You are here:
HVAC SYSTEMS AS EMISSION SOURCES AFFECTING INDOOR AIR QUALITY: A CRITICAL REVIEW
Batterman, S. A. AND H. Burge. HVAC SYSTEMS AS EMISSION SOURCES AFFECTING INDOOR AIR QUALITY: A CRITICAL REVIEW. HEATING, VENTILATING, AIR CONDITIONING & REFRIGERATION RESEARCH 1(1):61-80, (1995).
Published Journal Article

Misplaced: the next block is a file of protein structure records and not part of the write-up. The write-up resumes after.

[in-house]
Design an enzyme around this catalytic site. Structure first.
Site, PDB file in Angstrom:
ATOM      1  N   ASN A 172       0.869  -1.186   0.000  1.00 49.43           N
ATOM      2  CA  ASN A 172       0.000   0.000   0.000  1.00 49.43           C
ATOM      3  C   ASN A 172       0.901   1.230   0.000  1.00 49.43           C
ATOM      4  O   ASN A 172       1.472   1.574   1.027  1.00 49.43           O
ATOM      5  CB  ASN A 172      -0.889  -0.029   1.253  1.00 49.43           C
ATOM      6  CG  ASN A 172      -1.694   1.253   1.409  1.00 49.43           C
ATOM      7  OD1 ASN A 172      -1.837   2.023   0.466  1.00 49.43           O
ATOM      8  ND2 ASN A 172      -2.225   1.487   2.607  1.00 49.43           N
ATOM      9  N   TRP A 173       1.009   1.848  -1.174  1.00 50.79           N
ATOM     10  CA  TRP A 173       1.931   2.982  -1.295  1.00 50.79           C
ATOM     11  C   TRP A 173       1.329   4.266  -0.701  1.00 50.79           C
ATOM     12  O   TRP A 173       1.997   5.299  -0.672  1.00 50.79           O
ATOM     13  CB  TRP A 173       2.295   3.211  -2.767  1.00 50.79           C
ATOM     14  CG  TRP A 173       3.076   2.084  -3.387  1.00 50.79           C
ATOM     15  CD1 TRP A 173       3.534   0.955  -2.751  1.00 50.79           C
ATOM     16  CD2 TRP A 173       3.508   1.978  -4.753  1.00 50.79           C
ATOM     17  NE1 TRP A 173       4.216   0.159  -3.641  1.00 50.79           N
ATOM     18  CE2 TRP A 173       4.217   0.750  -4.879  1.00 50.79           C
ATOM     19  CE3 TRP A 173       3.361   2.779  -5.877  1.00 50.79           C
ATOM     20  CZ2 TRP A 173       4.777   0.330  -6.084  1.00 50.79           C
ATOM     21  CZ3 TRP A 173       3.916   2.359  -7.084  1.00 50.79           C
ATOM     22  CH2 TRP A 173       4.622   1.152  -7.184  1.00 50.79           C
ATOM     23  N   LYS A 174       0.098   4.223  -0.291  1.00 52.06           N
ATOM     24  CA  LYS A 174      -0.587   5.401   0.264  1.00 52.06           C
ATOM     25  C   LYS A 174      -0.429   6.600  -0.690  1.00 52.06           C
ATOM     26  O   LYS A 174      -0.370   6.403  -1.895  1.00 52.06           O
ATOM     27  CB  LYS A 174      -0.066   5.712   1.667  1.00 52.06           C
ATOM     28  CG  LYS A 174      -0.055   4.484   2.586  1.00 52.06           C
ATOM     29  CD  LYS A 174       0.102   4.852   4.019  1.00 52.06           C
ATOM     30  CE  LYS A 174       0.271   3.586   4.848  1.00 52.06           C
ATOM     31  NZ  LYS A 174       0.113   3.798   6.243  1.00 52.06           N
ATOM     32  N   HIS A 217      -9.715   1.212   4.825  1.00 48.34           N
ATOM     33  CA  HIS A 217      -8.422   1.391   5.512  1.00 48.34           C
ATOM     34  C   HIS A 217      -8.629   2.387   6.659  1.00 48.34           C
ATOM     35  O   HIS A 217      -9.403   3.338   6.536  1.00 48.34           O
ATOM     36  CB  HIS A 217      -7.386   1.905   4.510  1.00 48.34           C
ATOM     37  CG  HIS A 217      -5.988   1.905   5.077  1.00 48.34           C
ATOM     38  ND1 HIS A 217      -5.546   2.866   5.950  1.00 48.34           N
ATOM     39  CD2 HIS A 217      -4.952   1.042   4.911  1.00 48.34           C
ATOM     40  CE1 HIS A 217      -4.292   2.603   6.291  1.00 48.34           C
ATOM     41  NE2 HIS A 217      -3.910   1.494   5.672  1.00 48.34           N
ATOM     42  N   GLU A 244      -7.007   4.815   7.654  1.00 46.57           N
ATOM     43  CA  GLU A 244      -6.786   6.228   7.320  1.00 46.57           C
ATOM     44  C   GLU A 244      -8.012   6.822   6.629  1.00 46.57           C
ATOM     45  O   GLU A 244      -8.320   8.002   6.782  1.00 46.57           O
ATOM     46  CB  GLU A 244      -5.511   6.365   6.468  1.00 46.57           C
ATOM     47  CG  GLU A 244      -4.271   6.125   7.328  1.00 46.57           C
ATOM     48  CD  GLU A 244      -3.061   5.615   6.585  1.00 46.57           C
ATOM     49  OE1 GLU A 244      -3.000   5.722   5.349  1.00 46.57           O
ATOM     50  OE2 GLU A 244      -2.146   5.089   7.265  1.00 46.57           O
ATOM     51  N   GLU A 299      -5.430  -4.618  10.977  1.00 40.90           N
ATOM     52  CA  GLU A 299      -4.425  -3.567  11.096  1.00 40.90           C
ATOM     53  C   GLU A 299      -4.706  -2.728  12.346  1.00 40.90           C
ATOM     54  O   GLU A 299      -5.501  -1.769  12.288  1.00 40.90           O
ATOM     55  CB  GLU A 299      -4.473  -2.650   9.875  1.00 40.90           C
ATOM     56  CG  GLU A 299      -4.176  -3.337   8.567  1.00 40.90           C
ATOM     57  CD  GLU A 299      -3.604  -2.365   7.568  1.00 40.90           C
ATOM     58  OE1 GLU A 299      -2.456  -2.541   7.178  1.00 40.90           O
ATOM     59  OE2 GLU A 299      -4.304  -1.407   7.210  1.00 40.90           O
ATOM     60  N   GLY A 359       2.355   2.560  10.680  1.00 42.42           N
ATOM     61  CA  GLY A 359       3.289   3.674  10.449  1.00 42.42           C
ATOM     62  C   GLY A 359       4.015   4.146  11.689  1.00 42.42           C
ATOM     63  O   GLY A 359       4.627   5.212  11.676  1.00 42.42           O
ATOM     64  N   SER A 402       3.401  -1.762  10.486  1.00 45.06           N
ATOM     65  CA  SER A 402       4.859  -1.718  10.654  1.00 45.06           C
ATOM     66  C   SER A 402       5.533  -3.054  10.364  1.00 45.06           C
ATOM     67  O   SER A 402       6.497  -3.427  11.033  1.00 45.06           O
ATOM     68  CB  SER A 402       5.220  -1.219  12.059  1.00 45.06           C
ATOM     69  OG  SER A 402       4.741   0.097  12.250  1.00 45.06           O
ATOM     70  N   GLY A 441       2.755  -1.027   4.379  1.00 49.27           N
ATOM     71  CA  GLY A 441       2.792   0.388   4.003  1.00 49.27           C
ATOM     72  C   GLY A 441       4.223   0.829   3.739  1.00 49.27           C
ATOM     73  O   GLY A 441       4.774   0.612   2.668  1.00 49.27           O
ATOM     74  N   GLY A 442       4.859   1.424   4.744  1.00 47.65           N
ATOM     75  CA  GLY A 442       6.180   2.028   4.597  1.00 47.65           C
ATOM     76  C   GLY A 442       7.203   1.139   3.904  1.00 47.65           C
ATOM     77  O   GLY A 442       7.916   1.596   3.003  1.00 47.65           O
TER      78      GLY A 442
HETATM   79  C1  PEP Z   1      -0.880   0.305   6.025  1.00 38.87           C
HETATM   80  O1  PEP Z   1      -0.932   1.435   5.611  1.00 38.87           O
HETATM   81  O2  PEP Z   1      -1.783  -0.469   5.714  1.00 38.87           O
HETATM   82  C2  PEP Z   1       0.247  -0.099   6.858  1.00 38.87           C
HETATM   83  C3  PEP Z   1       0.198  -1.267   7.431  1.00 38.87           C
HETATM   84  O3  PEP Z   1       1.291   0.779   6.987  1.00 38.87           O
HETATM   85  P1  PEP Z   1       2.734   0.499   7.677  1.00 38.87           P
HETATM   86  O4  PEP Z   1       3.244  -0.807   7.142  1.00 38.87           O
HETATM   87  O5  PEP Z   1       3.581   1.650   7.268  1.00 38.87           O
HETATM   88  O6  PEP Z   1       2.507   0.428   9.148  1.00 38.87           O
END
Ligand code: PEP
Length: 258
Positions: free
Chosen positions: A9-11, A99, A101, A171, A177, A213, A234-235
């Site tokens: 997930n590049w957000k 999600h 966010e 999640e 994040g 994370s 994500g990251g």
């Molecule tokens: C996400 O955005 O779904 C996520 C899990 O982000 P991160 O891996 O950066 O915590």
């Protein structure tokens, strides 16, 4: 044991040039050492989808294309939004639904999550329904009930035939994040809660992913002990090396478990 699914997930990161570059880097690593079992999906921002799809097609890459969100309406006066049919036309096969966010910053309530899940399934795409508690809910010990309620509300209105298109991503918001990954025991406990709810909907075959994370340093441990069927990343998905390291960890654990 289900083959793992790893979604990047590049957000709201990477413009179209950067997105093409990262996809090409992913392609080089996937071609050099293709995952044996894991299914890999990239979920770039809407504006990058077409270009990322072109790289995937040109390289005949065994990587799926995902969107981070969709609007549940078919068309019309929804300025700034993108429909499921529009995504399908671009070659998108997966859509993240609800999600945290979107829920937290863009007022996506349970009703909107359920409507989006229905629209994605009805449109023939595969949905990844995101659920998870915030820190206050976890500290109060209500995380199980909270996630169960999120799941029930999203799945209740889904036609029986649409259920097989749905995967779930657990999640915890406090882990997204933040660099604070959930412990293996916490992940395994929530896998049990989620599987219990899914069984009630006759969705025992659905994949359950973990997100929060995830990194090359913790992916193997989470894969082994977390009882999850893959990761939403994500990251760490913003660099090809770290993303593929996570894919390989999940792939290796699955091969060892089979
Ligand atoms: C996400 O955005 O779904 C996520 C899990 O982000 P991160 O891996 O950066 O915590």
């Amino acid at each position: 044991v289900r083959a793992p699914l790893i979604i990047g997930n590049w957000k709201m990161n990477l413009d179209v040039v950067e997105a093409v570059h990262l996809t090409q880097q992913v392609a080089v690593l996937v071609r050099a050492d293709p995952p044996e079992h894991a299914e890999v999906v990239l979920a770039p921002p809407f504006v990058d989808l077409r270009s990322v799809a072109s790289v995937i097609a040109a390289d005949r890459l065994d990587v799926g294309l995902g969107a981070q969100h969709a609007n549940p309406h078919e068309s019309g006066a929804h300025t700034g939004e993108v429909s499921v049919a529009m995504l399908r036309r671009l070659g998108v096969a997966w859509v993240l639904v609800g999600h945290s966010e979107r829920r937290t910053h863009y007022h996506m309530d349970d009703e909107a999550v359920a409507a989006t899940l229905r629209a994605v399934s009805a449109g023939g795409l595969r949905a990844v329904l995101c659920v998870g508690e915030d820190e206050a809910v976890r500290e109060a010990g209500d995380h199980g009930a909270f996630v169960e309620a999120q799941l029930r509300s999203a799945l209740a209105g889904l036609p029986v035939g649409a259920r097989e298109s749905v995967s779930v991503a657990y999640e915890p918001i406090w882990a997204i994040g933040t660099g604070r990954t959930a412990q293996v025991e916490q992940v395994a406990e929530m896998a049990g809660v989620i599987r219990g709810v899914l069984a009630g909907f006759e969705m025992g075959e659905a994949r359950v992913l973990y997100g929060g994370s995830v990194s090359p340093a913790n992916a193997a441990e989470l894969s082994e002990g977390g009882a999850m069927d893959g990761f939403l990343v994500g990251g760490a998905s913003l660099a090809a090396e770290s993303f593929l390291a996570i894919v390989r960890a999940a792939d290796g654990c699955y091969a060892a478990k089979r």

The paper discusses results of an evaluation of literature on heating, ventilating, and air-conditioning (HVAC) systems as contaminant emission sources that affect indoor air quality (IAQ). The various literature sources and methods for characterizing HVAC emission sources are reviewed. Characterization methods include in situ tests, longitudinal and cross-sectional studies, and laboratory studies. A critique of the literature reveals that few studies are well-controlled, comprehensive, and quantitative. Significant gaps in the data are highlighted, and procedures are suggested to improve the characterization of bioaerosol and VOC (volatile organic compound) emission sources. Several HVAC components are cited frequently as emission sources, and there is broad agreement regarding their significance. These sources include biological growth and bioaerosol generation in the presence of moisture provided by air washers and other recirculating water systems, or by poor control of humidity, badly designed humidifying systems, and inadequately maintained cooling coils and drip pans. IAQ problems appear exacerbated by dust accumulation and the presence of fibrous insulation. Other problems include entrainment, migration, and infiltration of indoor and outdoor contaminants that are distributed to indoor spaces by the HVAC system.